Natalie gets her head in the game at Minds United FC
When Natalie Sims’ mother died of cancer she struggled to cope with her loss. The disease had already claimed her father and her best friend, so the death of her mother in June 2020 was a cruel blow made worse by the stress of the coronavirus lockdowns.
Natalie, 41, said, “I knew my mum was unwell, but during the lockdowns it was difficult to visit her because it was too risky. When she died I was devastated.”
The Londoner, who has suffered poor mental health for much of her adult life, added, “I was dealing with a lot of grief that I hadn’t really dealt with. Grief is usually my biggest trigger. After I’ve lost someone I usually end up in hospital because my depression gets really bad. I just don’t cope at all well. Loss is hard for everyone, but particularly hard for me. It sends me into a deep depression and my suicide ideation gets really bad.”
Natalie began volunteering at a homeless charity to take her mind off her mother’s death. Which is where she met Vicki McGarrigle, another volunteer, who was also working at a National Lottery supported project called Minds United FC.
What’s Minds United FC? Natalie explained, “It’s a mental health football club. It’s targeted at anyone who has mental health issues – everything from anxiety to issues which require hospital treatment. There are also quite a few members with learning disabilities and other special needs and people with substance misuse issues.”
Natalie had played football in her youth, but hadn’t kicked a ball in 10 years when Vicki suggested she try a Minds United FC session. Summoning all her courage, Natalie made the trip to the project’s headquarters on Latimer Road in West London.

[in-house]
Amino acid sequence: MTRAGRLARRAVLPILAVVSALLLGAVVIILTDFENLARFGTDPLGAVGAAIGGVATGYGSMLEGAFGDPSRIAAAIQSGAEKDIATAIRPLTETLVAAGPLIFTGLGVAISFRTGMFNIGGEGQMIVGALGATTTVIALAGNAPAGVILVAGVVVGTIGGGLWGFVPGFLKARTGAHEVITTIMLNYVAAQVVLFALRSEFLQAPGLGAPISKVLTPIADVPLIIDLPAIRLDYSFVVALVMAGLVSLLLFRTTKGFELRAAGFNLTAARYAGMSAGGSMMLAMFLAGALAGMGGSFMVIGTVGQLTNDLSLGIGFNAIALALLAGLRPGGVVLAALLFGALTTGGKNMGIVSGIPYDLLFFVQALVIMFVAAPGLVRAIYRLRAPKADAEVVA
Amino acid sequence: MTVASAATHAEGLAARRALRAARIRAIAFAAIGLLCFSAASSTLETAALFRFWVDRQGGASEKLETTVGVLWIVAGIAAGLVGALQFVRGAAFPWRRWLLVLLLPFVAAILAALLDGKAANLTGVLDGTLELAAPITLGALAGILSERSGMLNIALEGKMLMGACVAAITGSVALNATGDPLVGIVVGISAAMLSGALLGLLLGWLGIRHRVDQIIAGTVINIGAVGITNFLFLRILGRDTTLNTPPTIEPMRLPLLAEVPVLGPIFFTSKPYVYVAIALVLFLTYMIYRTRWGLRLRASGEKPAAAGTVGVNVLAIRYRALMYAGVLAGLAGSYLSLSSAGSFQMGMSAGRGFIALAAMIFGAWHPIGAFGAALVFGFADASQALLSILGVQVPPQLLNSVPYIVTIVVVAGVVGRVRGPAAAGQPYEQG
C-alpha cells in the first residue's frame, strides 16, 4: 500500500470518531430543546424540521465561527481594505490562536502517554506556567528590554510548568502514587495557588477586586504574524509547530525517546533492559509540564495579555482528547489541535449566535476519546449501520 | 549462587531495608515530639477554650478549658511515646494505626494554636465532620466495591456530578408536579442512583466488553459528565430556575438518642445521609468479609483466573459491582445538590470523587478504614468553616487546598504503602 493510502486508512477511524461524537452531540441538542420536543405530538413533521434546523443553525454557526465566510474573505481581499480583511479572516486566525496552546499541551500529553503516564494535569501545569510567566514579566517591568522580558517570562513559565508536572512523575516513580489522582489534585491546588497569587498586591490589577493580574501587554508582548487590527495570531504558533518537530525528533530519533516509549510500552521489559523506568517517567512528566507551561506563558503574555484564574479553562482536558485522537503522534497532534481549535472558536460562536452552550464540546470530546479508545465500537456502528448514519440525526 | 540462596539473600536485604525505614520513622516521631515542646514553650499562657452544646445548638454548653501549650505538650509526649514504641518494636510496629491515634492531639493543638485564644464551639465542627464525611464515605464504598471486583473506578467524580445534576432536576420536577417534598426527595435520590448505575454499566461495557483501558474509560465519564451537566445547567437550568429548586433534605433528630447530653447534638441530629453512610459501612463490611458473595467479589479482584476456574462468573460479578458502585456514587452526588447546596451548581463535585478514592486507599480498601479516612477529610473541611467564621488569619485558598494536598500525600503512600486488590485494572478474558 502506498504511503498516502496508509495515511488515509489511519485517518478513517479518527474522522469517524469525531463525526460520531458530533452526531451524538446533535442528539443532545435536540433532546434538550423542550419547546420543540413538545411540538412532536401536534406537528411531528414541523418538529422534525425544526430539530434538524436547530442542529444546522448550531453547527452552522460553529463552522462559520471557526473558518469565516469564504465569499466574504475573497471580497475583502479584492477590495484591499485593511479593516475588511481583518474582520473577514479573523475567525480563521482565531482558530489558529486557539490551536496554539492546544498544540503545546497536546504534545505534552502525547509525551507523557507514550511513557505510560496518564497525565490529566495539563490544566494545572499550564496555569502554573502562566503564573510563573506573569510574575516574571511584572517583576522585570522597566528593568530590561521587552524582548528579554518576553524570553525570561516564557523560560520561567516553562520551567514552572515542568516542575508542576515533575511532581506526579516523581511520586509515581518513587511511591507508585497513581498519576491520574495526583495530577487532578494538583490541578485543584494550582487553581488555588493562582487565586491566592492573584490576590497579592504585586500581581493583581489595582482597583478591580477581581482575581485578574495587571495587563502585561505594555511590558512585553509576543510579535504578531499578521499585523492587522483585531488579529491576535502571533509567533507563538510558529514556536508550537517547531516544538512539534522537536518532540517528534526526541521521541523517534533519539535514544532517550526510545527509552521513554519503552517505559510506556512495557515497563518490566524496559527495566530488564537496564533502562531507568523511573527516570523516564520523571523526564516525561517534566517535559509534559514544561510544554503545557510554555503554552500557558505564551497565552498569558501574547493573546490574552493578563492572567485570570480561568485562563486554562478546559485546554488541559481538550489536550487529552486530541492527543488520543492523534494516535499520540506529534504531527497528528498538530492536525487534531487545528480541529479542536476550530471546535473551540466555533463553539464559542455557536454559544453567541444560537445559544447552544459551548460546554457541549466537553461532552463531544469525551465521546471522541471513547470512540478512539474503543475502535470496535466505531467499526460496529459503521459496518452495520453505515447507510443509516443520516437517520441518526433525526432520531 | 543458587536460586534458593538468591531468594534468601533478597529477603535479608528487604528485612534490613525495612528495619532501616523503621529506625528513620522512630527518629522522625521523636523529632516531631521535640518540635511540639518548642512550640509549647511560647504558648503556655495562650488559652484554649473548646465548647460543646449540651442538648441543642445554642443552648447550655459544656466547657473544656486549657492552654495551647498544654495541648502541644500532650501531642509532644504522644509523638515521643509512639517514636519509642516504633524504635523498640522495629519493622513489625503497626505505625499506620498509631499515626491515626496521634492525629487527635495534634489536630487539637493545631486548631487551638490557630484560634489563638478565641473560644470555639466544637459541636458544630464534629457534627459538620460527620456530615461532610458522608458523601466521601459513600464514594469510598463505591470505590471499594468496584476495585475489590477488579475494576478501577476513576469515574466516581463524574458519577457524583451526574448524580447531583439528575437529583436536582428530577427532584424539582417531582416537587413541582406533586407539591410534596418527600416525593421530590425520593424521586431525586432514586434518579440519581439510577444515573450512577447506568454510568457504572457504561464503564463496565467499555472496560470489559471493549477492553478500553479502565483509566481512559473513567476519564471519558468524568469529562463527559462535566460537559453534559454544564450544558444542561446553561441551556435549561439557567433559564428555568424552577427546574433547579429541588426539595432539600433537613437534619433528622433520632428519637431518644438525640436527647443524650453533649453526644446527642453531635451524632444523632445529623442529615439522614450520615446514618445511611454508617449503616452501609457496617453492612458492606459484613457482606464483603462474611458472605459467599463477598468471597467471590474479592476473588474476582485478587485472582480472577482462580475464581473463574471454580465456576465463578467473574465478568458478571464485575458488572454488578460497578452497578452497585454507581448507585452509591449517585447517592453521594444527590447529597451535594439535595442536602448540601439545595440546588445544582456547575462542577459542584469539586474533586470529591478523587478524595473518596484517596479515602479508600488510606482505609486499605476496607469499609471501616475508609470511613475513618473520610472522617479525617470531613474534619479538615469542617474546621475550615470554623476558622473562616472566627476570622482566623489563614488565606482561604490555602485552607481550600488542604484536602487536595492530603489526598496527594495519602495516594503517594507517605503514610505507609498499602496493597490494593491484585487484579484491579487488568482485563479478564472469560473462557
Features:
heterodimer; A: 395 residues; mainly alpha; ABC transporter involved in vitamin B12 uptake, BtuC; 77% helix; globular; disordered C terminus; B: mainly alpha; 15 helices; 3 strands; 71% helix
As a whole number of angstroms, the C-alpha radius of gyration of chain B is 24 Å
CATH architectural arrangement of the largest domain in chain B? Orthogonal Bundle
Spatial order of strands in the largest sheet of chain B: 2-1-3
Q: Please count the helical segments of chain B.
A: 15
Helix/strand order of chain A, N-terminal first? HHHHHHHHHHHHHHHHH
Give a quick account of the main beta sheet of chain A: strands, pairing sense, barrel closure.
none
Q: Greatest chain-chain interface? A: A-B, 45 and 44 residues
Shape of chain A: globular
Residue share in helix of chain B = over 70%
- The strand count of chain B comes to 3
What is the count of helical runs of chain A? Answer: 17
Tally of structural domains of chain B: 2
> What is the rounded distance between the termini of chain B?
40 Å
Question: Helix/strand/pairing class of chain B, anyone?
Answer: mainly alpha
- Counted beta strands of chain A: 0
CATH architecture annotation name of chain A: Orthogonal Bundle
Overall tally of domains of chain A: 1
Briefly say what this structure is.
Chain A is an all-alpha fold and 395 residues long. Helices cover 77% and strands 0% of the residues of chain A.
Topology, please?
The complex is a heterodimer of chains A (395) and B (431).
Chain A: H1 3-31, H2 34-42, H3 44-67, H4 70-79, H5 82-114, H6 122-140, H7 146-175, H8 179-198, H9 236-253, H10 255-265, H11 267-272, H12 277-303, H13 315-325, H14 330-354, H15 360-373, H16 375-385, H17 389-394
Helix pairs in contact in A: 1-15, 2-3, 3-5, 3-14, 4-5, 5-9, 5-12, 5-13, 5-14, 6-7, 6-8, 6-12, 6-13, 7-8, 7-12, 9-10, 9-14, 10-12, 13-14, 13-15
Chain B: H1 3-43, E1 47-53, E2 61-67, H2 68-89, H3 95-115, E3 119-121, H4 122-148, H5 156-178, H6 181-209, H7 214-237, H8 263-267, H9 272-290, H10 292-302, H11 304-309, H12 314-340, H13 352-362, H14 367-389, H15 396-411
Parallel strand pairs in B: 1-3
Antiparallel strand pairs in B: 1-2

How did it go? Natalie said, “I hated it. I left the session thinking I’m never coming back. I’m quite an introvert – I like my own company and I have social anxiety.
“To go from a lockdown where there weren’t many people around, to a situation where there were lots of people, was difficult. My anxiety was through the roof. And I hadn’t played football for a long time – I’d forgotten how to kick a ball.”
That might have been the end of it, but Vicki persisted. Natalie said, “She convinced me to come back. I didn’t want to give up because I didn’t have anything else and I needed something. I didn’t trust myself to not have something. From past experience I know things can plummet and I could end up in hospital.”
It wasn’t long before Natalie found herself enjoying her weekly dose of football. She realised how much she’d missed the game and even though it took her a while to get comfortable with new people, the action on the pitch made it worth it.
When the organisers of Minds United FC found out Natalie had earned a football coaching qualification in 2013, they asked her to start a women’s coaching session and a women’s team.
These days, Natalie is at the club most days, either playing, coaching or refereeing.
Natalie said, “The female sessions can be intense and any football coach will tell you they’re not just a coach. Whether you’re dealing with children, adults or people with special needs or mental health issues, you’re someone they trust once they get to know you. They want to tell you about their life and share their problems. You’ll probably be the first person they’ll come to rather than a friend or a GP. It’s good to have that trust. They respect us and they don’t want to let us down.”
The game itself is great for people with mental health issues. Natalie said, “We say to our girls, ‘when you come onto the pitch you have to forget everything and just have a blow out’. Nine times out of ten they feel better after they leave.”
Thanks to National Lottery players, over £50Million of funding has been raised for women’s football over the past 10 years.
30th June 2022
Photo credit (main image): Monica White/FUF DESIGN
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